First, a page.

On July 9, 1984, Mast was examined by Dr. Michael DiCello, a physical medicine and rehabilitation specialist. He found cervical degenerative arthritis with right upper extremity radiculopathy, low back pain syndrome on the basis of degenerative joint disease as well as vertigo and ataxia probably secondary to osteoarthritis of the upper cervical spine. Dr. DiCello concluded that Mast was not a candidate for gainful employment.
At the request of the administrative law judge, Dr. Richard Watts, a board certified internist with a specialization in cardiovascular diseases, testified as medical advisor. He stated that Mast had no single or combination of impairments that met any listing between May 15, 1980 and the present, though he did say that because of Mast's dizziness and amputated toes he would be functionally limited from unprotected heights, being around moving machinery, and standing for long periods of time. He stated that Mast was capable of doing medium work.
Mast contends on appeal that the district court should have permitted him time to submit the report of a vocational expert. Upon a showing of good cause the court is given broad discretion to enlarge time for completing an act required or allowed under the rules to be completed within a specified time. Woods v. Allied Concord Financial Corp., 373 F.2d 733, 734 (5th Cir. 1967); Fed. R. Civ. P. 6(b). Here, the district court ordered on May 14, 1985 that the briefs of both parties were to be filed by June 11, 1985, and stated that extensions of time would not be granted unless good cause were shown. On May 31, 1985, Mast moved for a ninety day extension in order to submit a report from a vocational expert. However, he failed to plead or establish good cause for the submission of this new evidence, or to explain its importance. The court also noted that Mast failed to explain why the evidence was being obtained five years after the initial filing for benefits and one year after the remand order. Though Mast attempts to draw a parallel between the time enlargement requested in his case and that in Wilson v. Secretary of Health and Human Services, 733 F.2d 1181 (6th Cir. 1984), the cases bear no resemblance to one another. Wilson involved a remand for the taking of additional medical evidence, a benefit Mr. Mast received at an earlier date. The burden was on Mast in this case to show good cause for an enlargement of time and he failed to do this. Thus, the district court did not err.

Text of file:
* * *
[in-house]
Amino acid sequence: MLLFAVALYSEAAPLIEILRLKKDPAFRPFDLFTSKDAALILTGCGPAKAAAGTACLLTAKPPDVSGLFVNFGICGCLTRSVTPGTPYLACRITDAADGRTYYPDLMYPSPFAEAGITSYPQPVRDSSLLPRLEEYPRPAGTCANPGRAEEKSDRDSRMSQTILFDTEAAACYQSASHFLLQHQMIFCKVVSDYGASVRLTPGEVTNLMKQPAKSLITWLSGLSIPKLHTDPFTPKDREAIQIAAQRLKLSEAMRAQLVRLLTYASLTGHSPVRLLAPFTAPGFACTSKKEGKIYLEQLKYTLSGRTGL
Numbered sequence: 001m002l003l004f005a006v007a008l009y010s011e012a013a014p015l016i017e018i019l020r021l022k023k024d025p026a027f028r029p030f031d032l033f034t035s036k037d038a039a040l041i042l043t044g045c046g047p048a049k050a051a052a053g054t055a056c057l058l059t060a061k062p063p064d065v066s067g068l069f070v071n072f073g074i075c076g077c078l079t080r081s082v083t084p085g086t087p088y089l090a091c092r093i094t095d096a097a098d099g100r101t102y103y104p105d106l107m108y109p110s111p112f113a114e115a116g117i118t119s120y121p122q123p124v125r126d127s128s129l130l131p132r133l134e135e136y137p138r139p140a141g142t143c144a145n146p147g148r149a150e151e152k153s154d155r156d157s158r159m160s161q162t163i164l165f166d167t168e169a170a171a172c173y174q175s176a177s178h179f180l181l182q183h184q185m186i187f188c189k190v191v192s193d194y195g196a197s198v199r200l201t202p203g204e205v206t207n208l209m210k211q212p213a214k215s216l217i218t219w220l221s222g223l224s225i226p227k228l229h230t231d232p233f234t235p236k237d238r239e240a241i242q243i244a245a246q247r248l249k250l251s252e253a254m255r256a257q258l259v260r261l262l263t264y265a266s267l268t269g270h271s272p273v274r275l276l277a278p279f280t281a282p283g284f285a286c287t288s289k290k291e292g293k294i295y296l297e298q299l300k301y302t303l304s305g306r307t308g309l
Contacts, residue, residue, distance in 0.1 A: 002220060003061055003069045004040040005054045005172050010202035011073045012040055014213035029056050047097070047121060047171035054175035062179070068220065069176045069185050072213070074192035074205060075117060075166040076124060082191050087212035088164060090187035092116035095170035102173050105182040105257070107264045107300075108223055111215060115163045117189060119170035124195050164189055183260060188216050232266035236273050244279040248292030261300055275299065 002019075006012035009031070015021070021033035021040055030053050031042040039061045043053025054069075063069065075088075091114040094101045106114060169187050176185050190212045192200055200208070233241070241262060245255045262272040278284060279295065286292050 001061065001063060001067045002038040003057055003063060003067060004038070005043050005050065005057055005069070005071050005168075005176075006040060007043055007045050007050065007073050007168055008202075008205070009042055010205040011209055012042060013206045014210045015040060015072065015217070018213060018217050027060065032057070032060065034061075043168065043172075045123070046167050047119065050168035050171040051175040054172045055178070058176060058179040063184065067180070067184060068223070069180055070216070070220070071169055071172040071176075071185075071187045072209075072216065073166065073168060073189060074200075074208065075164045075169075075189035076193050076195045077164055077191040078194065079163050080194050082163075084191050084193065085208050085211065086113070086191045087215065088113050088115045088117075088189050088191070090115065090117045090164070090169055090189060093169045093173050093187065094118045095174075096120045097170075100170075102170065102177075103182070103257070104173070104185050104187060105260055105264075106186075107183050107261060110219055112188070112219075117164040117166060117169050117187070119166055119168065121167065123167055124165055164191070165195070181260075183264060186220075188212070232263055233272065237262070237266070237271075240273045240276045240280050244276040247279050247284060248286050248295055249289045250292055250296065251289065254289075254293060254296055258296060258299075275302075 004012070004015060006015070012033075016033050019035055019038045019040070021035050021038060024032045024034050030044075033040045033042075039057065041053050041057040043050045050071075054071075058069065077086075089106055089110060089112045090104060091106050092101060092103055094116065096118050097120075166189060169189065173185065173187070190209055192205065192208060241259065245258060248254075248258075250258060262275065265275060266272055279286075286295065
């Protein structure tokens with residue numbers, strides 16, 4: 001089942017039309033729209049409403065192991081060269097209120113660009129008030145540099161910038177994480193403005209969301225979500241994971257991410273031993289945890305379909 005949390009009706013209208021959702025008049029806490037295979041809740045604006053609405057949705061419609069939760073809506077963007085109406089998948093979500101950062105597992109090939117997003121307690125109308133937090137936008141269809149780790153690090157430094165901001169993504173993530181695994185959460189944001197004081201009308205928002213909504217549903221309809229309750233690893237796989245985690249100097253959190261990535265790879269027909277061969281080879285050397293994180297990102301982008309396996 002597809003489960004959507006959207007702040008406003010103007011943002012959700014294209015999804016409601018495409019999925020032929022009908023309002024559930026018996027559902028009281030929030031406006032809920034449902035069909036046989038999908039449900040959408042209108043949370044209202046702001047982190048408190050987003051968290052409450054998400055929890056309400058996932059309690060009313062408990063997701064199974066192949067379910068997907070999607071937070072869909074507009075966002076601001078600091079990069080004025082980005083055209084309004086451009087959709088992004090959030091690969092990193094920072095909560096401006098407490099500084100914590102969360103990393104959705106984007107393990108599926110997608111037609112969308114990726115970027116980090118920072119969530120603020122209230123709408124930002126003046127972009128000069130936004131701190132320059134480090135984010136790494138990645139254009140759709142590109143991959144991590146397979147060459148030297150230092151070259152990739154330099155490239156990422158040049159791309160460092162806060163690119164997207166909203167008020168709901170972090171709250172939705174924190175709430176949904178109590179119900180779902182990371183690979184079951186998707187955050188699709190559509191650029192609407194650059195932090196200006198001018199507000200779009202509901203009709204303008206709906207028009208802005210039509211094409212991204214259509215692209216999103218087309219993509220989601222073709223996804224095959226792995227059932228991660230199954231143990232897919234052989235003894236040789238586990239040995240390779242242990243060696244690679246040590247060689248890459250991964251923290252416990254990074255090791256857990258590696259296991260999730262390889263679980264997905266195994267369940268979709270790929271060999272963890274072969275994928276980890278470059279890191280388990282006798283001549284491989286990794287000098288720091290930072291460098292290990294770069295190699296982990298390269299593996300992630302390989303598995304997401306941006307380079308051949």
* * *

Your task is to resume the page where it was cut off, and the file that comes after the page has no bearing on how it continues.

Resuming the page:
Second, Mast argues that the decision of the Secretary was not based on substantial evidence. Though there is no dispute that Mast's ability to work is restricted and that he can no longer perform the heavy unskilled labor he once did, the Secretary found that his limitations did not warrant a finding of "disabled." Rather, he was found to be able to perform medium work, leaving available approximately 2,500 unskilled medium, light, and sedentary occupations. Though the opinion of Dr. Michael DiCello conflicts with that of Dr. Watts, the Secretary properly found that Dr. DiCello's conclusion of disability was not supported by complete and specific clinical findings. Without such medical findings for the Secretary to review, Dr. DiCello's opinion is not conclusive. Kirk v. Secretary of Health and Human Services, 667 F.2d 524, 538 (6th Cir. 1981). Thus the district court found and we agree that the administrative law judge properly discredited Dr. DiCello's findings. For the opinion of the treating physician to be given greater weight than that of the government's physician, the opinion must be based on sufficient medical data, Houston v. Secretary of Health and Human Services, 736 F.2d 365, 367 (6th Cir. 1984), which was absent in this case.
Accordingly, we affirm the decision of the district court.